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Model Railroading > Tracking down derail issue

Date: 01/06/22 11:27
Tracking down derail issue
Author: santafedan

I have a complete set of the Walther's el Capitan cars.  I posted some time ago that I had to change out the wheels because the original wheels were %^%$#.
Recently, I had a car that consistently derail at the same spot.  All of the other cars in the train had no issue with that spot.   On run bys, everything looked OK.

At the work bench I found the problem   The first photo is a good truck.  The second photo shows the issue.  A slight miss alignment  of the truck frame.  5 minutes work and all is fine now.

Date: 01/06/22 11:51
Re: Tracking down derail issue
Author: wabash2800

I bought some Walthers heavyweight passenger trucks. They appear to be handmade with tiny screws, shims, etc., not made for disassembly. I took a defective one apart and couldn't get it back together straight. If you get some trucks that are good, great (most of the time). But it seems the same hit and miss quality issue with Chinese goods. Like Jason knows at Rapido, if you want consistency in good quality you have to get on the manufacturer and visit the facility from time to time. When I worked in automotive, quality was built in the product, not something you did by sorting out the good from the bad after the fact.


Edited 2 time(s). Last edit at 01/06/22 12:00 by wabash2800.

Date: 01/06/22 12:23
Re: Tracking down derail issue
Author: BlackWidow

Thanks for sharing this!  I have many Walthers passenger cars and several have exactly the same issue - they derail in one spot when no other car does.  I'll have to look at your solution.  In fact, I call it the rule of 8.  I run 8 car psasenger trains and typically one will derail at the same spot and make itself unusable.  I have ordered replacement trucks from Walthers and solved many of these, but if your solution works it will certainly save some time and money.

My El Capitan problem is with the 3 axle diner.  It always derails on the same spot, and if I can get that working, it will be very nice!

Date: 01/06/22 12:28
Re: Tracking down derail issue
Author: ATSFSuperCap

Your problem is you installed narrow or scale width tread wheels.    They WILL fall between the rails, even semi scale 88 profile wheels will do this.  My double track mainline is laid with Micro Engineering flex track, Shinohara flex track and Central Valley tie strip hand laid and most 88 profile wheels will fall between the rails.   The only fix is set the wheels farther apart or use 100 profile wheels.   I have tons of WAL passenger cars I have not had any big problems with the factory wheels and I run the heck out of my trains.    Including the Santa Fe El Cap cars.    They run fine and do not wobble or do anything wrong.   The only issues I have had are with the trucks themselves.   The first derailment problems are caused by the phillips head screws on the top of the truck bolster.    When the head is stamped for the phillips pattern it leaves a small sharp ridge around the stamping.   That can hang up while rubbing on the metal plate that powers the lights.    You need to gently file the tops of the screws so they are nice and flat and smooth.   That stops almost all the derailments, by the way it is worse on a six wheel truck.    The next issue is caused by the slop built into the bolster/truck side frames while installing the screws.   If the side frames are not held tight against the screws ( that is holding them as close together as possible) one of the wheels could be extra loose in the side frame.    This allows the axle end to ride near the end of the axle which does two things, it scews the truck so it does not sit flat on the track which alone can cause derailments and over time the pointed axle end wears down from not having enough contact area and then the wheel assembly falls into the truck and the car derails.   Last when you install replacement wheels, like Intermoutain ones for instance the wheels are only insulated on one end, the WAL wheels are insulated on both ends so that all the wheels can provide power to the lights, you will need to either install the wheels with the insulation pointed the same way ( only works if you do not have lights) or you have to put tape or other insulating material on the lighting pick up plate or the car will short out the layout.     I have used Intermountain wheels as replacements only as needed and my cars do NOT have lights so I put some black electrical tape on the metal plate to keep things insulated.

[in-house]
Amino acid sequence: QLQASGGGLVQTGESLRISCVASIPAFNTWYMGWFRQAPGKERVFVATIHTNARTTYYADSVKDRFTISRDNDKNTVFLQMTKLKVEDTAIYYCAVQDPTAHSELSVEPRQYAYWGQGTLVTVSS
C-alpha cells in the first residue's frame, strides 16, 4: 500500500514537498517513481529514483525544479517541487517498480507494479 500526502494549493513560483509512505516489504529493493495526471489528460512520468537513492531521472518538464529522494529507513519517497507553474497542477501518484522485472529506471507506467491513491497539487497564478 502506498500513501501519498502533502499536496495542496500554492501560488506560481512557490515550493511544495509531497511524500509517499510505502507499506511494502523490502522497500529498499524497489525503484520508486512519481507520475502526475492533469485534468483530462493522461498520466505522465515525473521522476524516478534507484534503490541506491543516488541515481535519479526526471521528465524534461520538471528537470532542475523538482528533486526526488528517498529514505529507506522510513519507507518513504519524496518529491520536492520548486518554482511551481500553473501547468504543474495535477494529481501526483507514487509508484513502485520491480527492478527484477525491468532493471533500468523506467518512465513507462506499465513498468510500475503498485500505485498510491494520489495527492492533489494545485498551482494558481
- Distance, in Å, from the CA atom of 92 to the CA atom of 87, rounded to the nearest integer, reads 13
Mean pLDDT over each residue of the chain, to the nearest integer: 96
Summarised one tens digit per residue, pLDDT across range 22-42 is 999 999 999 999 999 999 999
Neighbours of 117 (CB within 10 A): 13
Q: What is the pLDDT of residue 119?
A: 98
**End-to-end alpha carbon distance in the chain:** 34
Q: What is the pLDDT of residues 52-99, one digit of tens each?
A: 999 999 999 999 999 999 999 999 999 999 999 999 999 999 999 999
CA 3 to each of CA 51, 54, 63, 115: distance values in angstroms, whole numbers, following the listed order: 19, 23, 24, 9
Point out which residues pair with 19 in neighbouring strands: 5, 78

Date: 01/06/22 12:50
Re: Tracking down derail issue
Author: wpdude

As Victor said, quality WAS built in... Also check that the trucks pivot freely on the kingpin or screw, and are not binding.

Date: 01/06/22 19:02
Re: Tracking down derail issue
Author: sp8234

I also remove the metal tab that rests on the screw head of the truck so power can light the car up. 


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